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Cardiometabolic disease and features of depression and bipolar disorder: Population-based, cross-sectional study

  • Daniel J. Martin (a1), Zia Ul-Haq (a2), Barbara I. Nicholl (a3), Breda Cullen (a1), Jonathan Evans (a1), Jason M. R. Gill (a4), Beverly Roberts (a5), John Gallacher (a6), Daniel Mackay (a4), Andrew McIntosh (a7), Matthew Hotopf (a8), Nick Craddock (a6), Ian J. Deary (a5), Jill P. Pell (a4) and Daniel J. Smith (a1)...
Abstract
Background

The relative contribution of demographic, lifestyle and medication factors to the association between affective disorders and cardiometabolic diseases is poorly understood.

Aims

To assess the relationship between cardiometabolic disease and features of depresion and bipolar disorder within a large population sample.

Method

Cross-sectional study of 145 991 UK Biobank participants: multivariate analyses of associations between features of depression or bipolar disorder and five cardiometabolic outcomes, adjusting for confounding factors.

Results

There were significant associations between mood disorder features and ‘any cardiovascular disease’ (depression odds ratio (OR) = 1.15, 95% CI 1.12–1.19; bipolar OR = 1.28, 95% CI 1.14–1.43) and with hypertension (depression OR = 1.15, 95% CI 1.13–1.18; bipolar OR = 1.26, 95% CI 1.12–1.42). Individuals with features of mood disorder taking psychotropic medication were significantly more likely than controls not on psychotropics to report myocardial infarction (depression OR = 1.47, 95% CI 1.24–1.73; bipolar OR = 2.23, 95% CI 1.53–3.57) and stroke (depression OR = 2.46, 95% CI 2.10–2.80; bipolar OR = 2.31, 95% CI 1.39–3.85).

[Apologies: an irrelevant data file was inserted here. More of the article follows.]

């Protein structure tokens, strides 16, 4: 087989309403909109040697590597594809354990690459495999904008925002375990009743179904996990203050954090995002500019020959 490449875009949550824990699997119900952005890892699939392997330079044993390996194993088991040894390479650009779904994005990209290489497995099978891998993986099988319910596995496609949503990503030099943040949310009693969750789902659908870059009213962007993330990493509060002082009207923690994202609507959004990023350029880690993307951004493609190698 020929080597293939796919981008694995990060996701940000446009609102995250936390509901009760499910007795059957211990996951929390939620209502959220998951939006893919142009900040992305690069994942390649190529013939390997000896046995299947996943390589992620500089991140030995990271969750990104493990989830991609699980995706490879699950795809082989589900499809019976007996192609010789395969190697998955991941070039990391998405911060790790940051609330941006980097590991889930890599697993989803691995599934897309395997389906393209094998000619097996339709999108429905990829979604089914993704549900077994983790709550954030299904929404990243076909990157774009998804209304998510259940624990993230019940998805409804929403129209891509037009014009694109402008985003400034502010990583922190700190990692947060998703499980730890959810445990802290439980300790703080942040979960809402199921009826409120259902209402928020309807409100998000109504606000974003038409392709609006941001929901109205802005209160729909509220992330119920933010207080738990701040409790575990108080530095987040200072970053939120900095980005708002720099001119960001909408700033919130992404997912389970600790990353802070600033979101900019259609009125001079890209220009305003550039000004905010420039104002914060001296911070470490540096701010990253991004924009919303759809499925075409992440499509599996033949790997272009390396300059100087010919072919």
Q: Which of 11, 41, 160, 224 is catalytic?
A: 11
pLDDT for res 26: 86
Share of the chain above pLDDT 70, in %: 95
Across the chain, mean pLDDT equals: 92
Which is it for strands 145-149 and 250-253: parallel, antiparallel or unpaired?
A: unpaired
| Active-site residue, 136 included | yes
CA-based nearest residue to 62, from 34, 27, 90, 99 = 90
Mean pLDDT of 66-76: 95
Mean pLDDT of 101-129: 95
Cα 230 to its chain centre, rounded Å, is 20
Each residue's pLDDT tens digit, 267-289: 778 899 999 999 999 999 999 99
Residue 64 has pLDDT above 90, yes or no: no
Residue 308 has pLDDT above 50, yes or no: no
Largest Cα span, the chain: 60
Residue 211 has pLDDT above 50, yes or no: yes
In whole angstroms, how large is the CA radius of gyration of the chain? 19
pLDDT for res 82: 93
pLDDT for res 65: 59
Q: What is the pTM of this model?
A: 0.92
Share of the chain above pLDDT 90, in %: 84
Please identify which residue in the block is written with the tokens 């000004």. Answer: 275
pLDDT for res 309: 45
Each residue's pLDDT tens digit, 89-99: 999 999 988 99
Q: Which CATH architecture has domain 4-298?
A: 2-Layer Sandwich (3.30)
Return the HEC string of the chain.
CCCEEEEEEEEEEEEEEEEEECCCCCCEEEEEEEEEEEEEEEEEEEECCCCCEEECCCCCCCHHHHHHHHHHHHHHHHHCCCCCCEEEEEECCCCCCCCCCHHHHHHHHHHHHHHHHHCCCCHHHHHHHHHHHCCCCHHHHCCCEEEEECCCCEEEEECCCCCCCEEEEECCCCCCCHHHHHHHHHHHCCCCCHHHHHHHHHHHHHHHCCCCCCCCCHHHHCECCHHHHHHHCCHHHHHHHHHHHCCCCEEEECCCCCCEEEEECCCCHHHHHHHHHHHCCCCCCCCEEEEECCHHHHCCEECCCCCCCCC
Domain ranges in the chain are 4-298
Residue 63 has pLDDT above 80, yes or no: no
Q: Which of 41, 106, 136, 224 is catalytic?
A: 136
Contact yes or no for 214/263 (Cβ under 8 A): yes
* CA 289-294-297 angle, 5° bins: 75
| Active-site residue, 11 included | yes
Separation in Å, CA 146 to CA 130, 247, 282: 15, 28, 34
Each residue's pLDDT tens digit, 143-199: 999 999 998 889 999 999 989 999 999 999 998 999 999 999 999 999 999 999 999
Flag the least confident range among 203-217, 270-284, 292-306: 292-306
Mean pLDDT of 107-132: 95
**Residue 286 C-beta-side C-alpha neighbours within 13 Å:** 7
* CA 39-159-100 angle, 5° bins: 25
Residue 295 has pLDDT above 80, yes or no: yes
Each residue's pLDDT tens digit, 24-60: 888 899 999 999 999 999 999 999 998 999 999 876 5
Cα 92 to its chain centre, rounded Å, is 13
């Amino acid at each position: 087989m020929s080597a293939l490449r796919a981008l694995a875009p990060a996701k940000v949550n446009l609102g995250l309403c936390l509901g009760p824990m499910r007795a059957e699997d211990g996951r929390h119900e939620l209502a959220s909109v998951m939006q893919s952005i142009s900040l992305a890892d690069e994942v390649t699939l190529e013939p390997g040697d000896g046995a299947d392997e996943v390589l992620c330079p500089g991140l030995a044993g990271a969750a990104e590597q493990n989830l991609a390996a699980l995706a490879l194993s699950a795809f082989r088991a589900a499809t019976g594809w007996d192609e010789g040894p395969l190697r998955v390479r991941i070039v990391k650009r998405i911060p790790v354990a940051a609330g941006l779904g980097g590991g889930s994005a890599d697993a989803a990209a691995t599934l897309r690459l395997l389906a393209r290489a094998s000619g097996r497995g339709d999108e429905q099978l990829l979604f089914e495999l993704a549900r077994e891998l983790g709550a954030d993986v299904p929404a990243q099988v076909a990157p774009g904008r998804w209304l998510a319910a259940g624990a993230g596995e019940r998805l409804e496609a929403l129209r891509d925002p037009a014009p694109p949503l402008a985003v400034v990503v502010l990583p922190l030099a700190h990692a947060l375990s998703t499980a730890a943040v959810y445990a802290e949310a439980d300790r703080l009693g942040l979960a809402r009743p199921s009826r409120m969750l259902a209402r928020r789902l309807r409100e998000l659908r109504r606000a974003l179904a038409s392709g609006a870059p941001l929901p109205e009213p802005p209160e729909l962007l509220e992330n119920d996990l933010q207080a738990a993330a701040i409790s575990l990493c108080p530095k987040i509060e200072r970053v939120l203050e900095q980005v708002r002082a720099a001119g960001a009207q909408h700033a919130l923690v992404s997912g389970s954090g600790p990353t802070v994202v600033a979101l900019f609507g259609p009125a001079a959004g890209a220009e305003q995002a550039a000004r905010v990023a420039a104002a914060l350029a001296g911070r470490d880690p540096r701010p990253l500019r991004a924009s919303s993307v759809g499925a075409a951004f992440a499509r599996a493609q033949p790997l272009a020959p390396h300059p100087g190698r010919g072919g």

Conclusions

Associations between features of depression or bipolar disorder and cardiovascular disease outcomes were statistically independent of demographic, lifestyle and medication confounders. Psychotropic medication may also be a risk factor for cardiometabolic disease in individuals without a clear history of mood disorder.

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Copyright
Corresponding author
Daniel J. Smith, Institute of Health and Wellbeing, Mental Health, University of Glasgow, Gartnavel Royal Hospital, 1055 Great Western Road, Glasgow G12 0XH. UK. Email daniel.smith@glasgow.ac.uk
Footnotes
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This research has been conducted using the UK Biobank resource. UK Biobank was established by the Wellcome Trust medical charity, Medical Research Council, Department of Health, Scottish Government and the Northwest Regional Development Agency. It has also had funding from the Welsh Assembly Government and the British Heart Foundation. The funders had no role in study design, data collection and analysis, decision to publish, or preparation of the manuscript.

Declaration of interest

None.

Footnotes
References
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Cardiometabolic disease and features of depression and bipolar disorder: Population-based, cross-sectional study

  • Daniel J. Martin (a1), Zia Ul-Haq (a2), Barbara I. Nicholl (a3), Breda Cullen (a1), Jonathan Evans (a1), Jason M. R. Gill (a4), Beverly Roberts (a5), John Gallacher (a6), Daniel Mackay (a4), Andrew McIntosh (a7), Matthew Hotopf (a8), Nick Craddock (a6), Ian J. Deary (a5), Jill P. Pell (a4) and Daniel J. Smith (a1)...
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